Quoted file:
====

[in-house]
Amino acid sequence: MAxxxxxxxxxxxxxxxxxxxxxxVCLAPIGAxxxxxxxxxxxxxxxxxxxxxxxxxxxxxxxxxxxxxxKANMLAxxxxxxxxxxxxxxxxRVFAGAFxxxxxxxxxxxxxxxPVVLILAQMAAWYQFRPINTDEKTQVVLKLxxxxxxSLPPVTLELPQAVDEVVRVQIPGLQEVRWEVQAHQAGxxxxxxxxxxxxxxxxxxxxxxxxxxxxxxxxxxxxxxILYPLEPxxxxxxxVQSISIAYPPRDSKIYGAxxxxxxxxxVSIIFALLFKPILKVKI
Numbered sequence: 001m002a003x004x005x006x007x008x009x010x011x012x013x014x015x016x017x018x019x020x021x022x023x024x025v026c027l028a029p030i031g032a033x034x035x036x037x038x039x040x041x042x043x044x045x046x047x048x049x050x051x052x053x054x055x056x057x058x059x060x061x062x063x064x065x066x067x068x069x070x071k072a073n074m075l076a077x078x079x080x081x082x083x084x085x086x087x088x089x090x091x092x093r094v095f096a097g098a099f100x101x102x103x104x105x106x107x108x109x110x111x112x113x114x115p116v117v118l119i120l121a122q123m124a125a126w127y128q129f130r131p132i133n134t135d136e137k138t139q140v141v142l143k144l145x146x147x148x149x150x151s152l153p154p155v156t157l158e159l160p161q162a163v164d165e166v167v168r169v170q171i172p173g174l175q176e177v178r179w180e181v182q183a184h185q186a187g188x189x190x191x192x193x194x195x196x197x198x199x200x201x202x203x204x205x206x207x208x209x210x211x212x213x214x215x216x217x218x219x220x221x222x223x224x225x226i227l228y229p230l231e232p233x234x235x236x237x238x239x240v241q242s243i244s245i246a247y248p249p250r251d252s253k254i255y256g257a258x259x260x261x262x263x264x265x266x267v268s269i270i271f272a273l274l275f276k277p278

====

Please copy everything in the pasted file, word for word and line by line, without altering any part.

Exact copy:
[in-house]
Amino acid sequence: MAxxxxxxxxxxxxxxxxxxxxxxVCLAPIGAxxxxxxxxxxxxxxxxxxxxxxxxxxxxxxxxxxxxxxKANMLAxxxxxxxxxxxxxxxxRVFAGAFxxxxxxxxxxxxxxxPVVLILAQMAAWYQFRPINTDEKTQVVLKLxxxxxxSLPPVTLELPQAVDEVVRVQIPGLQEVRWEVQAHQAGxxxxxxxxxxxxxxxxxxxxxxxxxxxxxxxxxxxxxxILYPLEPxxxxxxxVQSISIAYPPRDSKIYGAxxxxxxxxxVSIIFALLFKPILKVKI
Numbered sequence: 001m002a003x004x005x006x007x008x009x010x011x012x013x014x015x016x017x018x019x020x021x022x023x024x025v026c027l028a029p030i031g032a033x034x035x036x037x038x039x040x041x042x043x044x045x046x047x048x049x050x051x052x053x054x055x056x057x058x059x060x061x062x063x064x065x066x067x068x069x070x071k072a073n074m075l076a077x078x079x080x081x082x083x084x085x086x087x088x089x090x091x092x093r094v095f096a097g098a099f100x101x102x103x104x105x106x107x108x109x110x111x112x113x114x115p116v117v118l119i120l121a122q123m124a125a126w127y128q129f130r131p132i133n134t135d136e137k138t139q140v141v142l143k144l145x146x147x148x149x150x151s152l153p154p155v156t157l158e159l160p161q162a163v164d165e166v167v168r169v170q171i172p173g174l175q176e177v178r179w180e181v182q183a184h185q186a187g188x189x190x191x192x193x194x195x196x197x198x199x200x201x202x203x204x205x206x207x208x209x210x211x212x213x214x215x216x217x218x219x220x221x222x223x224x225x226i227l228y229p230l231e232p233x234x235x236x237x238x239x240v241q242s243i244s245i246a247y248p249p250r251d252s253k254i255y256g257a258x259x260x261x262x263x264x265x266x267v268s269i270i271f272a273l274l275f276k277p278